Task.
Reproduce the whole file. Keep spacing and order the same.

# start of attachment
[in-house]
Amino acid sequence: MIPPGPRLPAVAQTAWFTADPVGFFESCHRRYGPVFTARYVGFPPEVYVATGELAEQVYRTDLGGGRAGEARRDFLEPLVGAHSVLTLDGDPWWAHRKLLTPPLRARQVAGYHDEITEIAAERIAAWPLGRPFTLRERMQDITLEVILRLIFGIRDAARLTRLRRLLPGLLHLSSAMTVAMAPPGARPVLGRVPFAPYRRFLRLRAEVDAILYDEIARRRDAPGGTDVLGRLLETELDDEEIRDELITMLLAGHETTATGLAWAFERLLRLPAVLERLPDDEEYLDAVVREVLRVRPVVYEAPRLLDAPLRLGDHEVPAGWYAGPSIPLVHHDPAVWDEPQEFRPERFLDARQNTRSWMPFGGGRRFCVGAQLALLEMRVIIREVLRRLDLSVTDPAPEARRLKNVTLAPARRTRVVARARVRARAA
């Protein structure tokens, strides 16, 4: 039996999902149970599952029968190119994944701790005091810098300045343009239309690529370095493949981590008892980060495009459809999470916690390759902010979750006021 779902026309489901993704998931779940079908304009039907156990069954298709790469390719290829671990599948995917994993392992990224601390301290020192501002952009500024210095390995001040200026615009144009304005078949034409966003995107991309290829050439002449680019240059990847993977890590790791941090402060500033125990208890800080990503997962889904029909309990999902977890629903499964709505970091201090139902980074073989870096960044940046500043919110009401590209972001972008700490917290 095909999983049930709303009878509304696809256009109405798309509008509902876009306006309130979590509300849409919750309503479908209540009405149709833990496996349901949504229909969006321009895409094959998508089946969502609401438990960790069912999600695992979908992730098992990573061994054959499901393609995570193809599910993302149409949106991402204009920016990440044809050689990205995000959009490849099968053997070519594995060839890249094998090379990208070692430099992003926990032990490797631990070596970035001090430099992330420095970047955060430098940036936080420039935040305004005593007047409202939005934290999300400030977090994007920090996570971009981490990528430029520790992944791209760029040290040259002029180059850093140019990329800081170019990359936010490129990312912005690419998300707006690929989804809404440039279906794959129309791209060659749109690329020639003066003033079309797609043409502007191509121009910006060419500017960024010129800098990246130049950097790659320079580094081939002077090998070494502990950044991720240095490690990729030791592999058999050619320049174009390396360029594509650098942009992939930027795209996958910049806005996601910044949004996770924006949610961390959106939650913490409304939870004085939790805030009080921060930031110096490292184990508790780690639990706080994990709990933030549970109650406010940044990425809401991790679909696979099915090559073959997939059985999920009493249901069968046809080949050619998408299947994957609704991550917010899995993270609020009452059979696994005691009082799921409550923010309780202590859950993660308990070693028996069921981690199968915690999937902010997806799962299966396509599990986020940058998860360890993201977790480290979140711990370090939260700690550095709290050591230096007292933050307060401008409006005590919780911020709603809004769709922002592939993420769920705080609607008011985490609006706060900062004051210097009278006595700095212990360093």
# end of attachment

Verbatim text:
[in-house]
Amino acid sequence: MIPPGPRLPAVAQTAWFTADPVGFFESCHRRYGPVFTARYVGFPPEVYVATGELAEQVYRTDLGGGRAGEARRDFLEPLVGAHSVLTLDGDPWWAHRKLLTPPLRARQVAGYHDEITEIAAERIAAWPLGRPFTLRERMQDITLEVILRLIFGIRDAARLTRLRRLLPGLLHLSSAMTVAMAPPGARPVLGRVPFAPYRRFLRLRAEVDAILYDEIARRRDAPGGTDVLGRLLETELDDEEIRDELITMLLAGHETTATGLAWAFERLLRLPAVLERLPDDEEYLDAVVREVLRVRPVVYEAPRLLDAPLRLGDHEVPAGWYAGPSIPLVHHDPAVWDEPQEFRPERFLDARQNTRSWMPFGGGRRFCVGAQLALLEMRVIIREVLRRLDLSVTDPAPEARRLKNVTLAPARRTRVVARARVRARAA
């Protein structure tokens, strides 16, 4: 039996999902149970599952029968190119994944701790005091810098300045343009239309690529370095493949981590008892980060495009459809999470916690390759902010979750006021 779902026309489901993704998931779940079908304009039907156990069954298709790469390719290829671990599948995917994993392992990224601390301290020192501002952009500024210095390995001040200026615009144009304005078949034409966003995107991309290829050439002449680019240059990847993977890590790791941090402060500033125990208890800080990503997962889904029909309990999902977890629903499964709505970091201090139902980074073989870096960044940046500043919110009401590209972001972008700490917290 095909999983049930709303009878509304696809256009109405798309509008509902876009306006309130979590509300849409919750309503479908209540009405149709833990496996349901949504229909969006321009895409094959998508089946969502609401438990960790069912999600695992979908992730098992990573061994054959499901393609995570193809599910993302149409949106991402204009920016990440044809050689990205995000959009490849099968053997070519594995060839890249094998090379990208070692430099992003926990032990490797631990070596970035001090430099992330420095970047955060430098940036936080420039935040305004005593007047409202939005934290999300400030977090994007920090996570971009981490990528430029520790992944791209760029040290040259002029180059850093140019990329800081170019990359936010490129990312912005690419998300707006690929989804809404440039279906794959129309791209060659749109690329020639003066003033079309797609043409502007191509121009910006060419500017960024010129800098990246130049950097790659320079580094081939002077090998070494502990950044991720240095490690990729030791592999058999050619320049174009390396360029594509650098942009992939930027795209996958910049806005996601910044949004996770924006949610961390959106939650913490409304939870004085939790805030009080921060930031110096490292184990508790780690639990706080994990709990933030549970109650406010940044990425809401991790679909696979099915090559073959997939059985999920009493249901069968046809080949050619998408299947994957609704991550917010899995993270609020009452059979696994005691009082799921409550923010309780202590859950993660308990070693028996069921981690199968915690999937902010997806799962299966396509599990986020940058998860360890993201977790480290979140711990370090939260700690550095709290050591230096007292933050307060401008409006005590919780911020709603809004769709922002592939993420769920705080609607008011985490609006706060900062004051210097009278006595700095212990360093």